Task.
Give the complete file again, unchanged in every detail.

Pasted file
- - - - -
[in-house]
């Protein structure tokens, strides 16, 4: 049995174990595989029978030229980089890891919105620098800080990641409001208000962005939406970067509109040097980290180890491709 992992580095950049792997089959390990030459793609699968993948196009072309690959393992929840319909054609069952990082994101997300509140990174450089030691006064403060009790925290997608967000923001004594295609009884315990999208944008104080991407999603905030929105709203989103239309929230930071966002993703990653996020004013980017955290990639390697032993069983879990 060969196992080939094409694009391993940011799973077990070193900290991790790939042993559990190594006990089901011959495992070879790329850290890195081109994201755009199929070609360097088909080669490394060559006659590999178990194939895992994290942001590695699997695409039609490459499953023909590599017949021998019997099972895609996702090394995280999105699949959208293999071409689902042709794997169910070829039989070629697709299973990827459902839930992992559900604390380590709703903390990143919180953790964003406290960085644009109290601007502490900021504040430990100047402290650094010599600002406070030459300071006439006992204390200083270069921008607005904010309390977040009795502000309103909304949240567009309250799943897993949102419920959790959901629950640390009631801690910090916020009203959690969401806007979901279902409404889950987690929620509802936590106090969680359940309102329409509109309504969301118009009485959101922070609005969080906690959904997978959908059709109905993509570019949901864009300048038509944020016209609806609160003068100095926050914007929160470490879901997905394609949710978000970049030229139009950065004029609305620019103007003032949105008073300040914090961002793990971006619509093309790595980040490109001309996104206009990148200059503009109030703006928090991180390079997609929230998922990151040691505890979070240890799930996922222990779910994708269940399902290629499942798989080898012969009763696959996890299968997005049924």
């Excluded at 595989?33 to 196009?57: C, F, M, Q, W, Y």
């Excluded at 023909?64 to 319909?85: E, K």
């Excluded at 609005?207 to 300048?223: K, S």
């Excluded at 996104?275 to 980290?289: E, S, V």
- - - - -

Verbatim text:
[in-house]
């Protein structure tokens, strides 16, 4: 049995174990595989029978030229980089890891919105620098800080990641409001208000962005939406970067509109040097980290180890491709 992992580095950049792997089959390990030459793609699968993948196009072309690959393992929840319909054609069952990082994101997300509140990174450089030691006064403060009790925290997608967000923001004594295609009884315990999208944008104080991407999603905030929105709203989103239309929230930071966002993703990653996020004013980017955290990639390697032993069983879990 060969196992080939094409694009391993940011799973077990070193900290991790790939042993559990190594006990089901011959495992070879790329850290890195081109994201755009199929070609360097088909080669490394060559006659590999178990194939895992994290942001590695699997695409039609490459499953023909590599017949021998019997099972895609996702090394995280999105699949959208293999071409689902042709794997169910070829039989070629697709299973990827459902839930992992559900604390380590709703903390990143919180953790964003406290960085644009109290601007502490900021504040430990100047402290650094010599600002406070030459300071006439006992204390200083270069921008607005904010309390977040009795502000309103909304949240567009309250799943897993949102419920959790959901629950640390009631801690910090916020009203959690969401806007979901279902409404889950987690929620509802936590106090969680359940309102329409509109309504969301118009009485959101922070609005969080906690959904997978959908059709109905993509570019949901864009300048038509944020016209609806609160003068100095926050914007929160470490879901997905394609949710978000970049030229139009950065004029609305620019103007003032949105008073300040914090961002793990971006619509093309790595980040490109001309996104206009990148200059503009109030703006928090991180390079997609929230998922990151040691505890979070240890799930996922222990779910994708269940399902290629499942798989080898012969009763696959996890299968997005049924």
């Excluded at 595989?33 to 196009?57: C, F, M, Q, W, Y």
């Excluded at 023909?64 to 319909?85: E, K």
């Excluded at 609005?207 to 300048?223: K, S």
């Excluded at 996104?275 to 980290?289: E, S, V």